The ebola outbreak in West Africa is serious, like a lot of other things, like poverty. In fact, diarrhea, flu and TB kill millions more Africans (and Americans!) annually.
Americans must think think they are protected from those other diseases but vulnerable to ebola.
They’re dead wrong.
A traveler today to Monrovia, Liberia, where the current outbreak is centered is more likely to get diarrhea, salmonella, TB or malaria than ebola. The several hundred patients in ebola clinics in Monrovia have all come from rural areas where even basic medical prevention not to mention simple hygiene and community sewage treatment, doesn’t exist.
The problem is squarely and simply that there aren’t enough treatment centers – which would easily contain the outbreak – to service the growing numbers contracting the disease in the remote bush.
The widely reported half dozen medical workers from developed countries who contracted the disease were all working in these remote areas. In the course of their normal stint in such an area, they expect – as my wife and I did – to contract a number of local diseases.
It has less to do with the disease than the environment in which the disease exists.
Ebola is not spreading in Monrovia, a modern city. That is not to say that Liberia doesn’t need a lot more help than the western world is giving it, because Monrovia is where the Liberian epidemic will end. But it won’t end without the help it needs!
The problem goes well beyond ebola, now. Medical worker assistants like orderlies and kitchen staff and maintenance staff in Monrovia, many of whom are not paid any more relative to medical practitioners than in the U.S., are abandoning their jobs in droves.
That has led to a reduction in overall medical care, including birthing centers and simple malaria and diarrhea recovery clinics. As the entire country gets worse medically overall, every disease – including ebola – grows in potential.
And that is a terrible – horrible – indictment of the developed world. Compare the western world’s response to the Haiti earthquake or Philippines tsunami to Liberia’s current dire need. It has been pitiful, embarrassing and I think immoral.
When ebola came to Atlanta in a chartered aircraft and the patients who contracted the disease in rural Africa were then quarantined, it did not spread. The efforts in the hospital in Atlanta to contain spreading of the virus were little different than for a variety of even more contagious diseases like numerous varieties of staphylococcus.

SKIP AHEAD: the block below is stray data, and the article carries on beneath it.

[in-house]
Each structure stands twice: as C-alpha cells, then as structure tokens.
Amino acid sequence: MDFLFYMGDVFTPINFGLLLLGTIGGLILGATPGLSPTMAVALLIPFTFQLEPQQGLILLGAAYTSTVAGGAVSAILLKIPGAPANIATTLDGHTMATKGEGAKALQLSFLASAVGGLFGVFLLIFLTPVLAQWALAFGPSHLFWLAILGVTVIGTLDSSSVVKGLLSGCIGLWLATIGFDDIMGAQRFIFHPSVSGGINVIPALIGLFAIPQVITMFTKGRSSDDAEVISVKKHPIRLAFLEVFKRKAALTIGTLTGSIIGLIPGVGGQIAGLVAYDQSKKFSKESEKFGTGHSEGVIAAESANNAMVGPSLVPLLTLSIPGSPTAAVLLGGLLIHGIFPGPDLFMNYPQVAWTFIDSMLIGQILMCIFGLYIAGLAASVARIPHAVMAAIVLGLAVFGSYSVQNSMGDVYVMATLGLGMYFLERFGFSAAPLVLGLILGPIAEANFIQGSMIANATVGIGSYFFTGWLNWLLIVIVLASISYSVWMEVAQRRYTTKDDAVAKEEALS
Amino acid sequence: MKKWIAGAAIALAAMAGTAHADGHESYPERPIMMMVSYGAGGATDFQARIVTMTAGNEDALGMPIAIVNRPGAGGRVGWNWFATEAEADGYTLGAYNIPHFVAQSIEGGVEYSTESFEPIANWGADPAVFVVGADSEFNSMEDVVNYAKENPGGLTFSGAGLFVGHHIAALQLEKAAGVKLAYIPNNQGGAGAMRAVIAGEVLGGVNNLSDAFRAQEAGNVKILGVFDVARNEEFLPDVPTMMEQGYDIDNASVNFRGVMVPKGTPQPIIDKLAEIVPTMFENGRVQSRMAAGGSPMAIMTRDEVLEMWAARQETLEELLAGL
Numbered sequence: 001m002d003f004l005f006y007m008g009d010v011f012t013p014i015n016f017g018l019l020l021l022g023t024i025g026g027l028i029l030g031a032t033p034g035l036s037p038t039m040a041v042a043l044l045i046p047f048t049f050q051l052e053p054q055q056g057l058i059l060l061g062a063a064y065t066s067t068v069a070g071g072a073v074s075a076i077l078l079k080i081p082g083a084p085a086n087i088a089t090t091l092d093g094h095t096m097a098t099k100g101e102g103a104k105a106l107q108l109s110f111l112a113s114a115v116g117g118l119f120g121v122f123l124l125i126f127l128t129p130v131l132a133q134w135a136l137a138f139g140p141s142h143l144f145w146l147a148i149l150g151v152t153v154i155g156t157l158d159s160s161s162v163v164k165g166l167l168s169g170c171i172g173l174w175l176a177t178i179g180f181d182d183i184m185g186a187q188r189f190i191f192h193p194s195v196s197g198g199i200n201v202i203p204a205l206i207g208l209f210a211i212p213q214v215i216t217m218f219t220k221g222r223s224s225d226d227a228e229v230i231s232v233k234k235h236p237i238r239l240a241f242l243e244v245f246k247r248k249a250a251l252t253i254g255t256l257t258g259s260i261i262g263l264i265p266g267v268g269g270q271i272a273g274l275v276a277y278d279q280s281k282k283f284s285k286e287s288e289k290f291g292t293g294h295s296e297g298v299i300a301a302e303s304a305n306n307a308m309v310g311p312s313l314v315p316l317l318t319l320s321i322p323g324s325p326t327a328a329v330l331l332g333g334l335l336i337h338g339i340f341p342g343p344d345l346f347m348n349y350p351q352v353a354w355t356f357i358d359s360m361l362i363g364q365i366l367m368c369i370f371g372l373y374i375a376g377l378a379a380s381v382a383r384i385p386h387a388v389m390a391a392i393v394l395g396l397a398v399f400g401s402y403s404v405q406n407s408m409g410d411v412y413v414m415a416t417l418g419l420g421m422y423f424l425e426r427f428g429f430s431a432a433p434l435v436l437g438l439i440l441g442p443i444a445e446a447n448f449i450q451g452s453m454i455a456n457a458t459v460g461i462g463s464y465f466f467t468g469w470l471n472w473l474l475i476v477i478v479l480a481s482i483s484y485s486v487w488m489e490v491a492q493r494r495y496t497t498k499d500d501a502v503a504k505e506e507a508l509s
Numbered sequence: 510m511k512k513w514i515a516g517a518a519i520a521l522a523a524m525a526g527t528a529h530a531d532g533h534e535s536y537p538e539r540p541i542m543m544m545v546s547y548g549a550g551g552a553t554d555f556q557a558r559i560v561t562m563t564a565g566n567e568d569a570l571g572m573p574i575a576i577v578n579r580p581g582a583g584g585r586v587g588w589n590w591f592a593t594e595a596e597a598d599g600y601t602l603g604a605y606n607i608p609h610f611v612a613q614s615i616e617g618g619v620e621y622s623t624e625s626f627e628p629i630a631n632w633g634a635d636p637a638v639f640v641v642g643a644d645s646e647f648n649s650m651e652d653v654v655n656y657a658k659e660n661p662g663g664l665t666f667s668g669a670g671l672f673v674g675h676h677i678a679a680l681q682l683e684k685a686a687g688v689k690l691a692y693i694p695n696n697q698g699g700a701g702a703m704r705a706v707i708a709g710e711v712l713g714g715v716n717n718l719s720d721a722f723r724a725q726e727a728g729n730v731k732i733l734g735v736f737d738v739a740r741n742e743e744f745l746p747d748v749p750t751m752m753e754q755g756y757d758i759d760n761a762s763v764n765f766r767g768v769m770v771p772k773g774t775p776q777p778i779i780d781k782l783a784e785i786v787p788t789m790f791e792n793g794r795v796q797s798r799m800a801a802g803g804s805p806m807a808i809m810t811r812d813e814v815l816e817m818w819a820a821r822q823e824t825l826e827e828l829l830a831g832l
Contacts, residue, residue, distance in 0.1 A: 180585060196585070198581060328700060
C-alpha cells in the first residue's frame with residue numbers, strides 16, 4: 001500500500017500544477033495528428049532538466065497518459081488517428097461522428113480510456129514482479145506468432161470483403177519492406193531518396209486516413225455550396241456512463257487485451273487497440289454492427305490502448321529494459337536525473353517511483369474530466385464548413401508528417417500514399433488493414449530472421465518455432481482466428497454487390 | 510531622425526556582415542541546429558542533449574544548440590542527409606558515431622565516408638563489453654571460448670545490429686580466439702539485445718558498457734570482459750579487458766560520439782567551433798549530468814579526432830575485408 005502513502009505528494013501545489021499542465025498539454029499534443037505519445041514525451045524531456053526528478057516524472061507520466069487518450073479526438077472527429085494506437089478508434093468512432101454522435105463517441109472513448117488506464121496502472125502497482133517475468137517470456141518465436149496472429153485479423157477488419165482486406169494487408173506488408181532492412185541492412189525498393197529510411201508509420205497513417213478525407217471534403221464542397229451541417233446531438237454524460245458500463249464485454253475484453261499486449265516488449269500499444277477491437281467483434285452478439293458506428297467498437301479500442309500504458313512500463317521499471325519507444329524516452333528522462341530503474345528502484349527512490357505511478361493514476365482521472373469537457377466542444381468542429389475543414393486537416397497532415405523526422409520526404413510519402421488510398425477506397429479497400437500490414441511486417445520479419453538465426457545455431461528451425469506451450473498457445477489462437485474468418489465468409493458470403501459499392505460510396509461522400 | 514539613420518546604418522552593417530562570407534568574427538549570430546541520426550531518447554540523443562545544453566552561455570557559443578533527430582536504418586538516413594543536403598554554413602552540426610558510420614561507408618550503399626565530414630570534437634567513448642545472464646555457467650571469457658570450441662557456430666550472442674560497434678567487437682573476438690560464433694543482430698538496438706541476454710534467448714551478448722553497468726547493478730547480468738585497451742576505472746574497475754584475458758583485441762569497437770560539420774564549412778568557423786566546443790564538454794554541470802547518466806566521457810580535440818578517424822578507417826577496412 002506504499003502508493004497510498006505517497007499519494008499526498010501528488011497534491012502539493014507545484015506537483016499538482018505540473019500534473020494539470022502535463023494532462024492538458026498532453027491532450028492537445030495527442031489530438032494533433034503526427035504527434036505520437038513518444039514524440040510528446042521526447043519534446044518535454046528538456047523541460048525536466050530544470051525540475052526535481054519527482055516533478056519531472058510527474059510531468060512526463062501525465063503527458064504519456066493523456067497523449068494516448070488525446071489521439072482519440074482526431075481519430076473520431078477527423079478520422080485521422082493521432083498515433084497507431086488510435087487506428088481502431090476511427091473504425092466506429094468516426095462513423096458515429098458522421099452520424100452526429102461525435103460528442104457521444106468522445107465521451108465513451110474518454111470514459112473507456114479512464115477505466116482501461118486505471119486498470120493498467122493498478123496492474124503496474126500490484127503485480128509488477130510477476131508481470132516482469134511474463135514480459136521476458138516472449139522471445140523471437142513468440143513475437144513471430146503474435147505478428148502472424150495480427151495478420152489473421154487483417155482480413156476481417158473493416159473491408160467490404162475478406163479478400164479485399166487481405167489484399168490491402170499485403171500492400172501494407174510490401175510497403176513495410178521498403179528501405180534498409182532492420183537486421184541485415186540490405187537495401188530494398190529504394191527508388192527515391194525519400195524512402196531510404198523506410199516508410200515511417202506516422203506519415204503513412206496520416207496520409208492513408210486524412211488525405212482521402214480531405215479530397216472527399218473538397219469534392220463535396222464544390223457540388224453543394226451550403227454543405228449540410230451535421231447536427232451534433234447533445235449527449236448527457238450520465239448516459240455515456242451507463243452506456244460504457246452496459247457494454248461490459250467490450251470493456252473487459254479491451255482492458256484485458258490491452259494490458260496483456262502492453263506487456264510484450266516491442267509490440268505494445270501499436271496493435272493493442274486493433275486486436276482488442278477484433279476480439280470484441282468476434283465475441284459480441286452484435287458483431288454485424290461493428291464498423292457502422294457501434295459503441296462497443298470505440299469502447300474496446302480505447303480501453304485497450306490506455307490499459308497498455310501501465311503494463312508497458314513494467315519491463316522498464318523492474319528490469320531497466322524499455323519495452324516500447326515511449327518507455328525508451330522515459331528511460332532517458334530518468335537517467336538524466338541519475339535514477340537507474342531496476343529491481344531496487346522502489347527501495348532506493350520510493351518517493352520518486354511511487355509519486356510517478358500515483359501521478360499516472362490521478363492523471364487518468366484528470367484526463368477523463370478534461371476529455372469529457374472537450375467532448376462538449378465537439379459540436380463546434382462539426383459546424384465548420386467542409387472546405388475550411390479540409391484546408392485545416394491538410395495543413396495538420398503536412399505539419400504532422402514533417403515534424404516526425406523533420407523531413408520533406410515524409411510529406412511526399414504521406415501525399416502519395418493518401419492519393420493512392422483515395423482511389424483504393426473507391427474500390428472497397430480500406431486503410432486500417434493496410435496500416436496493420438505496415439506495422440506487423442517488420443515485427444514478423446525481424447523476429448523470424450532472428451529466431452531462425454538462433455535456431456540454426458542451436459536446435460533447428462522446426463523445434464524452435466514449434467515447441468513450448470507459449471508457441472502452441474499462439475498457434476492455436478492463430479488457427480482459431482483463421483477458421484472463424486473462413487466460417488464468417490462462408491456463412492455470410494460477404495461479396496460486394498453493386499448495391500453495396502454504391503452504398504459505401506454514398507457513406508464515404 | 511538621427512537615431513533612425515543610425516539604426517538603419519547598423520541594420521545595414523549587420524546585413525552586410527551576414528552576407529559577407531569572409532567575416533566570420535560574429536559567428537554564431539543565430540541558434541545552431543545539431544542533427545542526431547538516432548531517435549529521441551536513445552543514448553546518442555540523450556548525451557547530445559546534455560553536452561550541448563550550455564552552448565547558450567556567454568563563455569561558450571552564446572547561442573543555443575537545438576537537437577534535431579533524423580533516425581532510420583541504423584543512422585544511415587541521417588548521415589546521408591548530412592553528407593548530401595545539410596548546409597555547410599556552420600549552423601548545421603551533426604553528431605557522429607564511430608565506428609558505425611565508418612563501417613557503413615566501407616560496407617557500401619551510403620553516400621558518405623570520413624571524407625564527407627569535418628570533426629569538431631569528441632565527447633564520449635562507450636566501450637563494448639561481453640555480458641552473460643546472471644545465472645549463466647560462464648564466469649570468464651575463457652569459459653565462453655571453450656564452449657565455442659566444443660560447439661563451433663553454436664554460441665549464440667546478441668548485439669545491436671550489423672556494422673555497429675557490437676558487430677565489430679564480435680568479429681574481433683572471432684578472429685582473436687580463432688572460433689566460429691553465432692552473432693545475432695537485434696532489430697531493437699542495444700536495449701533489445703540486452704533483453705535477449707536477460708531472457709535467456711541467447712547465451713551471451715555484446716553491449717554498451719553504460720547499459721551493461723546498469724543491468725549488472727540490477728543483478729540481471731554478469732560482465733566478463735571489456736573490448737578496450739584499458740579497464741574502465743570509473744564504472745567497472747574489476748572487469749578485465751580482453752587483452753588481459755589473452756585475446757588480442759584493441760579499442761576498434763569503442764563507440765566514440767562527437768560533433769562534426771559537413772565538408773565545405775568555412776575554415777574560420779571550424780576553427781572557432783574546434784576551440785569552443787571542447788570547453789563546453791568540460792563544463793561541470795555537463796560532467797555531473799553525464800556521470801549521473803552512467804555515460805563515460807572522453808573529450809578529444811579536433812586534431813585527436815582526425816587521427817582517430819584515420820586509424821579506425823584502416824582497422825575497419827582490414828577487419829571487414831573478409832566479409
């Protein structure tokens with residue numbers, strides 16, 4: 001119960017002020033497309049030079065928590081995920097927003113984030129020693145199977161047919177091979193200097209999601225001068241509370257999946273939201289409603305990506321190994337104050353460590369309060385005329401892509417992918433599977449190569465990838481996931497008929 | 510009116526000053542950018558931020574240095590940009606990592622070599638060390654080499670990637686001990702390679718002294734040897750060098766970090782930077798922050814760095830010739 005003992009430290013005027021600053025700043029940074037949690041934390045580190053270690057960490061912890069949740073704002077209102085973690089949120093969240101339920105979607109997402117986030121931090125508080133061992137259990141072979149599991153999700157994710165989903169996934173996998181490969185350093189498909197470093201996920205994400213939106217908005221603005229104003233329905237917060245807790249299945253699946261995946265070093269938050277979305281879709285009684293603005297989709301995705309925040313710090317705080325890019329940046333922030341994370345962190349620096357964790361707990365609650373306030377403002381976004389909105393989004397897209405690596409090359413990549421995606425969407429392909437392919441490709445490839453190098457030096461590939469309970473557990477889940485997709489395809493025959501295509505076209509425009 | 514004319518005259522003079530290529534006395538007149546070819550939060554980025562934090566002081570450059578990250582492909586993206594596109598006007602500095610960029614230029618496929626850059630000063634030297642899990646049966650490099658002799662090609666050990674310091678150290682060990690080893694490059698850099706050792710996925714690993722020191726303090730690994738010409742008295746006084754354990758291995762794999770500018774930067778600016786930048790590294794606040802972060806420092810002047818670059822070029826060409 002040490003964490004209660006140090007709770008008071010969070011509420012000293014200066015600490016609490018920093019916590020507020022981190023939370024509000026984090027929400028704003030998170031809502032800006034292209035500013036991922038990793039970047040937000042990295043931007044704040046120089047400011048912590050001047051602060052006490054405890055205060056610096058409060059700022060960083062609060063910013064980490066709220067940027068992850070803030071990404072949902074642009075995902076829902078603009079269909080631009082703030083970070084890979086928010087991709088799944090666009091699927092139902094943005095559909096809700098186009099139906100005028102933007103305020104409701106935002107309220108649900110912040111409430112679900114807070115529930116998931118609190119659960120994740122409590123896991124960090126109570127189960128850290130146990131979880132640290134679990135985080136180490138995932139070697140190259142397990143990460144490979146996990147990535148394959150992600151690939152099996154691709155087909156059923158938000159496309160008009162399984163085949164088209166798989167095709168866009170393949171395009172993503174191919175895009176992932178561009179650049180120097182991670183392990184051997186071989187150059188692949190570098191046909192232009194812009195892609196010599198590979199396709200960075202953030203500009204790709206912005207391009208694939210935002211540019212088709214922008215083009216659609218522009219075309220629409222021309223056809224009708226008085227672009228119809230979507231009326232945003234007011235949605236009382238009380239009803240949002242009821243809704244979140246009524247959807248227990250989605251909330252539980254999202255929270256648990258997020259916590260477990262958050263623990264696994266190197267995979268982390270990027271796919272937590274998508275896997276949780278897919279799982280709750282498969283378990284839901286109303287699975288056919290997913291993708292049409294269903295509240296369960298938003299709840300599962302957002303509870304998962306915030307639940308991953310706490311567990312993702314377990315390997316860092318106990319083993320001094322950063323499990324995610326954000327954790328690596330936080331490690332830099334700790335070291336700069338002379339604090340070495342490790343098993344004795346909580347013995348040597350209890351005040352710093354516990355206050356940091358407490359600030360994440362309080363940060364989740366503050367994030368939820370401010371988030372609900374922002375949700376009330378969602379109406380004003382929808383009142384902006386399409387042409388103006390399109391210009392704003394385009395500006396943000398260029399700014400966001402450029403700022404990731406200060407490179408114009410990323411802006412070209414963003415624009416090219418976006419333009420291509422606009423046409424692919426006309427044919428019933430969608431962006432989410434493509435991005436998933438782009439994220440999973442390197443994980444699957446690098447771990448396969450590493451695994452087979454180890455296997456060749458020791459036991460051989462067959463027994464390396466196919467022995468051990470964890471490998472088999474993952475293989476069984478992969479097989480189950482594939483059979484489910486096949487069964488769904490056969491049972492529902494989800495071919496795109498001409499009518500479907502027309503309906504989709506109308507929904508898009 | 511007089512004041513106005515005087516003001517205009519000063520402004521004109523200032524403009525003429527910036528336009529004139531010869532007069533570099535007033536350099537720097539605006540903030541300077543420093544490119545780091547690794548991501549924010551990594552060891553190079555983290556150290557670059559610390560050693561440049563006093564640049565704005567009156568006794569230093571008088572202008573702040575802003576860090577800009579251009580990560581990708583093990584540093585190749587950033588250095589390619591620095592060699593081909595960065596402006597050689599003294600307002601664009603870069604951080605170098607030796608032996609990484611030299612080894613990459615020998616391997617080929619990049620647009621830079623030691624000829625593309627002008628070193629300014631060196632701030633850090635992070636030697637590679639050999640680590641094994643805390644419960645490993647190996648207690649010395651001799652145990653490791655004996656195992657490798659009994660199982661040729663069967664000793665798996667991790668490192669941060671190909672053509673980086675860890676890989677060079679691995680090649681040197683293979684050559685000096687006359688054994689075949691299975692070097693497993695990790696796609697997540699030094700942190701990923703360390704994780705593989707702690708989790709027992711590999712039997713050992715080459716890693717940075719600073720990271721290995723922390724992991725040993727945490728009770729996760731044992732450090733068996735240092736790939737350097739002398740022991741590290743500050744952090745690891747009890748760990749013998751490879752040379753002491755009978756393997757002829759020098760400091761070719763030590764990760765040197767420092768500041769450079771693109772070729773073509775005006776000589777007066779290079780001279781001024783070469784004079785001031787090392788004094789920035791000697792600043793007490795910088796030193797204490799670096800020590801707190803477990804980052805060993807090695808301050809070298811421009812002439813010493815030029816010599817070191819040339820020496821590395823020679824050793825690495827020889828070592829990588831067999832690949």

Antibiotic-resistant TB, which is on a dangerous increase throughout the U.S., is spread through the air – respiration: coughing, sneezing, breathing – one of several more worrisome diseases than ebola in a modern medical setting. Ebola, like HIV, is spread only through body fluids.
The unwarranted American fear to ebola is identical to Americans knee-jerk reactions to 30-second political ads or 2-minute headliner news.
And when that reaction builds, the perpetrators of that media rev it up.
Ebola outranks Ukraine on CNN, because that’s what people want to view. When Democratic Senator Mark Pryor in a political fight of his life wants attention, he talks about ebola!
CNN asked a few days ago, “Are Myths Making the Ebola Outbreak Worse?”
CNN is, unfortunately, concentrating on the growing fear in West African residents. What about the fear that CNN instills in its viewers that translates ultimately into less help from the western world?
What about people in Syria, Iraq, Ukraine much less Ferguson, Missouri, who are getting less attention because ratings demand talking about ebola?
Alright. But what if you’re planning a safari to Africa?
Right now your chances of contracting ebola during a Kenya, Tanzania or southern African safari are probably less than if you holiday in London and infinitely less than if you holiday in Morocco and a lot less than if you holiday in Greece, southern Spain or most of the Mideast.
That’s because the frequency of air travel right now between west and east or southern Africa is so much less than to those other areas I mentioned. London is about 500 miles closer to Monrovia than either Johannesburg or Nairobi. There’s a hugely greater exchange of people between London and Liberia right now than to east or southern Africa.
Moreover, it’s also true because the level of medical facilities in Nairobi is better than Monrovia, so if ebola did break out in Nairobi it would likely be easily contained. And as for South Africa? Remember about a generation ago, the first heart transplant was conducted in South Africa.
The last thing I want to do is minimize the seriousness of this epidemic. But frankly I get rather angry when I realize Americans fear this far, far away epidemic exponentially more than their own TB epidemic in poorer neighborhoods across their own country.
I just can’t figure it out. Is every American a teenage girl obsessed with Twilight?